March 13 2014 Latest news:
Monday, December 23, 2013
A tiny kitten dumped in a sealed shoebox is now getting lots of love in the arms of his new family in a north Suffolk town.
The tiny cat was put inside a shoebox and dumped outside the RSPCA charity shop in Great Yarmouth earlier this month. He only survived because the shop manager happened to look through the bags of donations before starting work.
And now there is a happy ending for Donny who has been rehomed by a family in Beccles just in time for Christmas.
Mum-of-two Gemma Greenwood was looking to adopt a cat through the animal charity when she came across Donny on the RSPCA East Norfolk website.
Gemma, 30, said: “I read his story and it broke my heart. I called the charity to find out more and they put me in touch with his foster carer, Karen.
“Three days later we were able to bring him home.”
Donny – who was named by RSPCA inspectors because he was found among the charity shop donations – was dumped on December 6. The shoebox had been sealed shut with masking tape, punctured with a few holes and then put inside a Marks and Spencer bag.
Apart from fleas, he was healthy, which meant he could be rehomed quickly.
Gemma, who lives in St David’s Close, Beccles, with partner Gareth, and their children Harry, seven, and Gracie, four, said: “I couldn’t believe someone could do that. We just fell in love with him.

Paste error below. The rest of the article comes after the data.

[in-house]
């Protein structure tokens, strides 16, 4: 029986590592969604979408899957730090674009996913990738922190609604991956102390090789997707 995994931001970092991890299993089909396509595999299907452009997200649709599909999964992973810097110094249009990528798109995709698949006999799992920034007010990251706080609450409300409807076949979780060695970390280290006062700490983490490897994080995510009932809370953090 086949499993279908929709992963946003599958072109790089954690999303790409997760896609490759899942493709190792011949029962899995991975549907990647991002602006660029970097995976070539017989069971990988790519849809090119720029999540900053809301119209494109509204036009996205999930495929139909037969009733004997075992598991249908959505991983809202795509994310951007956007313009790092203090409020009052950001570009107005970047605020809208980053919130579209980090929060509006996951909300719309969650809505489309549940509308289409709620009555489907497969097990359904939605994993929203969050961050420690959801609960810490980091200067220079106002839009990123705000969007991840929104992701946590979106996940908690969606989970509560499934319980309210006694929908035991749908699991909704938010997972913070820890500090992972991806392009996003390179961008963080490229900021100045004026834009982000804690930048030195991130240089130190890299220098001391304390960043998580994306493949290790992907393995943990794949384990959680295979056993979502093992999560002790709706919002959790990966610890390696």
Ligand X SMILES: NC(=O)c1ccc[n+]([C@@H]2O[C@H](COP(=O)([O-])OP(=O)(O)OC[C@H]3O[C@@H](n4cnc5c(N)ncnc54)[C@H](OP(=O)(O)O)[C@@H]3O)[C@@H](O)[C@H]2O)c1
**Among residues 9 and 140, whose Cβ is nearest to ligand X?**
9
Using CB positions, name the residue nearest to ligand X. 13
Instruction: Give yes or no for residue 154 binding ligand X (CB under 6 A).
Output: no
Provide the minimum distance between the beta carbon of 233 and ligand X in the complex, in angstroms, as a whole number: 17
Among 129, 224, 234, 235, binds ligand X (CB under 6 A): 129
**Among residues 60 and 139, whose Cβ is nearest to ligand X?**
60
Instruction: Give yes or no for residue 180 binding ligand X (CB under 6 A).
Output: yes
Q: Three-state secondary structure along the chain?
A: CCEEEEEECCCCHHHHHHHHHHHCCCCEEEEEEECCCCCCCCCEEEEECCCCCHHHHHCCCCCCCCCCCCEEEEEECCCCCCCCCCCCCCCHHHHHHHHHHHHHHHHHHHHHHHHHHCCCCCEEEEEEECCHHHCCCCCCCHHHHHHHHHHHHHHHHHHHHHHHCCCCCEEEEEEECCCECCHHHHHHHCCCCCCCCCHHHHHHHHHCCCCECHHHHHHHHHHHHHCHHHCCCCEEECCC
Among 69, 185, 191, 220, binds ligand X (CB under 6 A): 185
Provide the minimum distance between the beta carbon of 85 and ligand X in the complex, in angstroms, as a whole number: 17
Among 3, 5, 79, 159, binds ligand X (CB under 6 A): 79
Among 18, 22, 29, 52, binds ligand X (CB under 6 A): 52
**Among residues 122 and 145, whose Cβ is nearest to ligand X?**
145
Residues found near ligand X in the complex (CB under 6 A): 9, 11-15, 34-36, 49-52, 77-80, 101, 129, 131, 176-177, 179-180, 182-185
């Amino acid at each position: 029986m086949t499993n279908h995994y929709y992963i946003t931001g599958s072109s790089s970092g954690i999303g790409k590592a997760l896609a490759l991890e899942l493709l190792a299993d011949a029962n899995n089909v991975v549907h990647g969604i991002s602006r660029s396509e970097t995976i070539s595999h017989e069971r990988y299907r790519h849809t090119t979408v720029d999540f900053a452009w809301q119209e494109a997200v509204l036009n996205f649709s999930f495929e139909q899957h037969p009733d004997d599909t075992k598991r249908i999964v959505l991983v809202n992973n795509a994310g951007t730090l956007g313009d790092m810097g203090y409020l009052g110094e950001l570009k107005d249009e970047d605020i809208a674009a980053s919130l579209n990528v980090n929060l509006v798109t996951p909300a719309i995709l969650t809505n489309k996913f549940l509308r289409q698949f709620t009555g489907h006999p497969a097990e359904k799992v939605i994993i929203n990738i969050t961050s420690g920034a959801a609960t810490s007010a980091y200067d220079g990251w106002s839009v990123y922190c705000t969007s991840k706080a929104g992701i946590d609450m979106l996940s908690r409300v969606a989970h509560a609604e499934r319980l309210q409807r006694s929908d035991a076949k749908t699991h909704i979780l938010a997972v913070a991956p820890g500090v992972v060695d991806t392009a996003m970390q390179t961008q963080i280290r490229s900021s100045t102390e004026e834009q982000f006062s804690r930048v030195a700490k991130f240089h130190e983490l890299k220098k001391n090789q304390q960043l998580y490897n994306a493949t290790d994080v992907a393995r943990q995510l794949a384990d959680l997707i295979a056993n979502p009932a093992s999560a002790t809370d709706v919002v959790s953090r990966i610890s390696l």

“He’s settled in straight away. He comes and wakes us up in the morning.
“The kids are four and seven and I’m a childminder so he certainly gets lots of loving. Gracie wraps him up in a blanket and lays him down in his bed.
“He is a bit cheeky and he’s a bit of a climber. I have a feeling that when he’s older and allowed to go out he going to be the kind of cat that wants to climb the biggest tree.”
RSPCA East Norfolk has been struggling to cope with the number of cats in care this year.
Reminding people that abandoning animals is a criminal offence, Debra Cook, branch manager for RSPCA East Norfolk, said people have a responsibility to ensure the welfare of their pets.
“Also, there has been a massive increase in people letting out nine to 12-week old kittens,” added Debra.
“These kittens should be kept indoors until they are neutered at the very least, which can be done at 16 weeks at most vets.
“Ideally the cat should be kept indoors until they are around five to six months of age.
“It’s causing problems because when they are young they are in danger of being attacked by another cat, run over, or picked up and taken home by someone. They are too small to defend themselves and are vulnerable.”
To help rehome a cat, visit www.rspcaeastnorfolk.co.uk.